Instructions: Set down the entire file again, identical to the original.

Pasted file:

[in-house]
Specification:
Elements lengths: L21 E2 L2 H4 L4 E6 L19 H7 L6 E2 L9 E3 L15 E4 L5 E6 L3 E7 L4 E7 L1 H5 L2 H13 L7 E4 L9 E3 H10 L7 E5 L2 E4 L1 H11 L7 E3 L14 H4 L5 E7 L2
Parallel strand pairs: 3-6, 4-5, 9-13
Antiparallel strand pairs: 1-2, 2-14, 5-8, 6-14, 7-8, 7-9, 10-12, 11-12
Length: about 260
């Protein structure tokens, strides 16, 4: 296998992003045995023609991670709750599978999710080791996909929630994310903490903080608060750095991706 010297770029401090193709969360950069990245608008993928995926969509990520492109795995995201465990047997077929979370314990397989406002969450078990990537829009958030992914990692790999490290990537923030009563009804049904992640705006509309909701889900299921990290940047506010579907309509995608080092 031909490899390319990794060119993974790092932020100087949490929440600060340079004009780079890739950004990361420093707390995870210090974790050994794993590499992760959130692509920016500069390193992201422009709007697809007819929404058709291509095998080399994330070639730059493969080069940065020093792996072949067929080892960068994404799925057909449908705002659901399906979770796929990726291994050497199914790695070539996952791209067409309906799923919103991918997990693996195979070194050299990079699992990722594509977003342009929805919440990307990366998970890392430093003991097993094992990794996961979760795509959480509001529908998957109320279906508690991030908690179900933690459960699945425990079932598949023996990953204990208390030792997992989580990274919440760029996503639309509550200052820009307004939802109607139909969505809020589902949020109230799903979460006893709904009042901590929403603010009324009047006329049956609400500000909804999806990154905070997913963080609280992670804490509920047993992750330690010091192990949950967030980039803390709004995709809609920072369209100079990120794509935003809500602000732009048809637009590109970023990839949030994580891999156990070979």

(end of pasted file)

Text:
[in-house]
Specification:
Elements lengths: L21 E2 L2 H4 L4 E6 L19 H7 L6 E2 L9 E3 L15 E4 L5 E6 L3 E7 L4 E7 L1 H5 L2 H13 L7 E4 L9 E3 H10 L7 E5 L2 E4 L1 H11 L7 E3 L14 H4 L5 E7 L2
Parallel strand pairs: 3-6, 4-5, 9-13
Antiparallel strand pairs: 1-2, 2-14, 5-8, 6-14, 7-8, 7-9, 10-12, 11-12
Length: about 260
């Protein structure tokens, strides 16, 4: 296998992003045995023609991670709750599978999710080791996909929630994310903490903080608060750095991706 010297770029401090193709969360950069990245608008993928995926969509990520492109795995995201465990047997077929979370314990397989406002969450078990990537829009958030992914990692790999490290990537923030009563009804049904992640705006509309909701889900299921990290940047506010579907309509995608080092 031909490899390319990794060119993974790092932020100087949490929440600060340079004009780079890739950004990361420093707390995870210090974790050994794993590499992760959130692509920016500069390193992201422009709007697809007819929404058709291509095998080399994330070639730059493969080069940065020093792996072949067929080892960068994404799925057909449908705002659901399906979770796929990726291994050497199914790695070539996952791209067409309906799923919103991918997990693996195979070194050299990079699992990722594509977003342009929805919440990307990366998970890392430093003991097993094992990794996961979760795509959480509001529908998957109320279906508690991030908690179900933690459960699945425990079932598949023996990953204990208390030792997992989580990274919440760029996503639309509550200052820009307004939802109607139909969505809020589902949020109230799903979460006893709904009042901590929403603010009324009047006329049956609400500000909804999806990154905070997913963080609280992670804490509920047993992750330690010091192990949950967030980039803390709004995709809609920072369209100079990120794509935003809500602000732009048809637009590109970023990839949030994580891999156990070979």